Has-been director Harry Dawes gets a new lease on his career when independently wealthy Kirk Edwards hires him to write and direct a film. They go to Madrid to find Maria Vargas, a dancer ... See full summary »
An undercover state cop who has infiltrated an Irish gang and a mole in the police force working for the same mob race to track down and identify each other before being exposed to the enemy, after both sides realize their outfit has a rat.
In an open-air dance hall, the members of Leca's gang are relaxing with their ladies. One of them, Marie, aka "Casque d'Or" (Golden Helmet) meets Manda, a carpenter. Her man Roland belongs ... See full summary »
Has-been director Harry Dawes gets a new lease on his career when independently wealthy Kirk Edwards hires him to write and direct a film. They go to Madrid to find Maria Vargas, a dancer who will star in the film. Millionaire Alberto Bravano takes Maria from Kirk. Count Vincenzo Torlato-Favrini takes Maria from Alberto. Written by
Ed Stephan <email@example.com>
The character of Maria Vargas is said to be based on Rita Hayworth, who was actually offered the part. Hayworth was a Latina who later married a prince, Prince Aly Khan. However, some elements were taken from Ava Gardner's life as well. The stormy relationship between Maria and the tycoon movie producer Kirk Edwards (Warren Stevens) is based on Gardner's own relationship with billionaire film producer Howard Hughes. See more »
After the wedding, when he is talking to Maria, Harry changes his hands from one shot to another, when Vincenzo approaches to them. See more »
Ava Gardner carries herself--and the film--beautifully.
"The Barefoot Contessa" is a greatly underrated film--which is rather surprising, when you consider the amount of talent involved. First, there's the brilliant script by Joe Mankiewicz, who was always at his best when dissecting Hollywood and its denizens. The movie's best scene may be the Hollywood party where Kirk Edwards gets his comeuppance, all booze, boredom and viciousness ("What she's got, you can't spell. And what you've got, you used to have."); although the scenes of the pathetic/glamorous European jet set are also excellent, the way Mankiewicz can create a small line or gesture that delineates an entire character. Really, the only time his touch fails him is toward the end, when Maria meets her Count and things get a bit melodramatic.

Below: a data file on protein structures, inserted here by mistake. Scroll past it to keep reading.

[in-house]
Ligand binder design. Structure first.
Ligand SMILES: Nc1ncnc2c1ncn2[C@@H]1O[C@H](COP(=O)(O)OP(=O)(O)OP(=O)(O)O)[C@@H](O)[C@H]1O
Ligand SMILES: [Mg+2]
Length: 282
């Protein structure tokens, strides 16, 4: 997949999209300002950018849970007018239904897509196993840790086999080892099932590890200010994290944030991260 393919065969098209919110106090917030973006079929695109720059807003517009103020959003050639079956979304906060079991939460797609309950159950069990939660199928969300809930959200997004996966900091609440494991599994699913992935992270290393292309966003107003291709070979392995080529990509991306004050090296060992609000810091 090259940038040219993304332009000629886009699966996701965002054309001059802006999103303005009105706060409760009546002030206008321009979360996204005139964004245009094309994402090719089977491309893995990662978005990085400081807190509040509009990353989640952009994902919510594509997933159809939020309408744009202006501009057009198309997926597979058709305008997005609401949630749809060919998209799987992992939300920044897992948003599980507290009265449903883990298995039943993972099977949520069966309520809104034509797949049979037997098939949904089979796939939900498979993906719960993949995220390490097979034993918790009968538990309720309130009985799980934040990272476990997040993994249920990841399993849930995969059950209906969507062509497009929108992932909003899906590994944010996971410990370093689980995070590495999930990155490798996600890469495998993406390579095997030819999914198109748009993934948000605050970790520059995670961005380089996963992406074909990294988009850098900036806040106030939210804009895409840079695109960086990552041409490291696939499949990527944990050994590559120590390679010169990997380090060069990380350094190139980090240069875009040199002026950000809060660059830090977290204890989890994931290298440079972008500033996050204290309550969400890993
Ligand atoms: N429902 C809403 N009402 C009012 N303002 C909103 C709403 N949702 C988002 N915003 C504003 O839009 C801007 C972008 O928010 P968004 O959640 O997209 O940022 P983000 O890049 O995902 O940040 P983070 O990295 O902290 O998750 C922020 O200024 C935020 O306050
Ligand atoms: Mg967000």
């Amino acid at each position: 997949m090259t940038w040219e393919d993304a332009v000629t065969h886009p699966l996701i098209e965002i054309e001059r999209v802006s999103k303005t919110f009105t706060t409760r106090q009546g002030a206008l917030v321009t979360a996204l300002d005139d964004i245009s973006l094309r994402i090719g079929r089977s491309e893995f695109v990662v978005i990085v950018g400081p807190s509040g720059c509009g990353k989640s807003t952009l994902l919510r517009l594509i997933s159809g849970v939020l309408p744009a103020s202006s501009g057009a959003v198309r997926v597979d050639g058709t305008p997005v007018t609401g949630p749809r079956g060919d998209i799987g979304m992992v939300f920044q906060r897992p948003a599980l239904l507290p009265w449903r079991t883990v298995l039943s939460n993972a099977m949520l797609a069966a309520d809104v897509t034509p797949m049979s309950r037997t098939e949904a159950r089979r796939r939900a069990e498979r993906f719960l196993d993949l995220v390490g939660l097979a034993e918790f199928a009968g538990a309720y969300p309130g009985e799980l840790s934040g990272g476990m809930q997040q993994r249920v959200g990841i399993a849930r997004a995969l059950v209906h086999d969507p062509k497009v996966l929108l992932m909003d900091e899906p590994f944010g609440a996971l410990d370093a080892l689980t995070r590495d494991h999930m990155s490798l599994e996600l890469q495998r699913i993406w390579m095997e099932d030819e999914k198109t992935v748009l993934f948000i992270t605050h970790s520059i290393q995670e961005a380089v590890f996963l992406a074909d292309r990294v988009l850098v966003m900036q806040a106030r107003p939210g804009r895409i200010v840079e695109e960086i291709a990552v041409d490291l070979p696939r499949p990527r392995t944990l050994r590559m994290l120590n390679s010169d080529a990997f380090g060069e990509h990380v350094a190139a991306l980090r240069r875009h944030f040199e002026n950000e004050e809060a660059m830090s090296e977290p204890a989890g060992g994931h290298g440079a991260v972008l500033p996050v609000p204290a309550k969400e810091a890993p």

Also magnificent is the cinematography by the always-brilliant Jack Cardiff, who invests everything with color-drenched glamour. (Did you know that, along with shooting such visual masterpieces as "Black Narcissus," "The Red Shoes" and "Pandora and the Flying Dutchman," Cardiff was also the cinematogrpaher on "Rambo: First Blood." Yikes.) Edmond O'Brien won a well-deserved Academy Award for his portrayal of the sleazy PR man Oscar Muldoon, managing to bring hints of depth and dimension to a character that could have easily been pure caricature. Another fine, if brief, supporting turn comes from Mari Aldon as Edwards' long-suffering mistress, Myrna (especially her "I'm just a scared tramp" exit line).
Still, what makes this film work is the presence and performance of Ava Gardner. See "The Barefoot Contessa" and you will understand why many have thought her to be the most beautiful woman ever to grace the screen. She is simply breathtaking. Ava's appearance alone is enough to give credibility to Maria Vargas' legendary magnetism--and, without that, the whole film would fail, as it's really just about three men standing around one woman's coffin, wondering that made her tick--but it's her work as an actress that raises the character from beautiful blank to irresistible enigma. Even when her dialogue is a bit trite and soap-opera, she manages to make it believable by making shallowness appear to conceal depth (if you get what I mean), and even does a fine job with the accent. This was the film that earned her the tag "the world's most beautiful animal," but Ava Gardner was much more than that.
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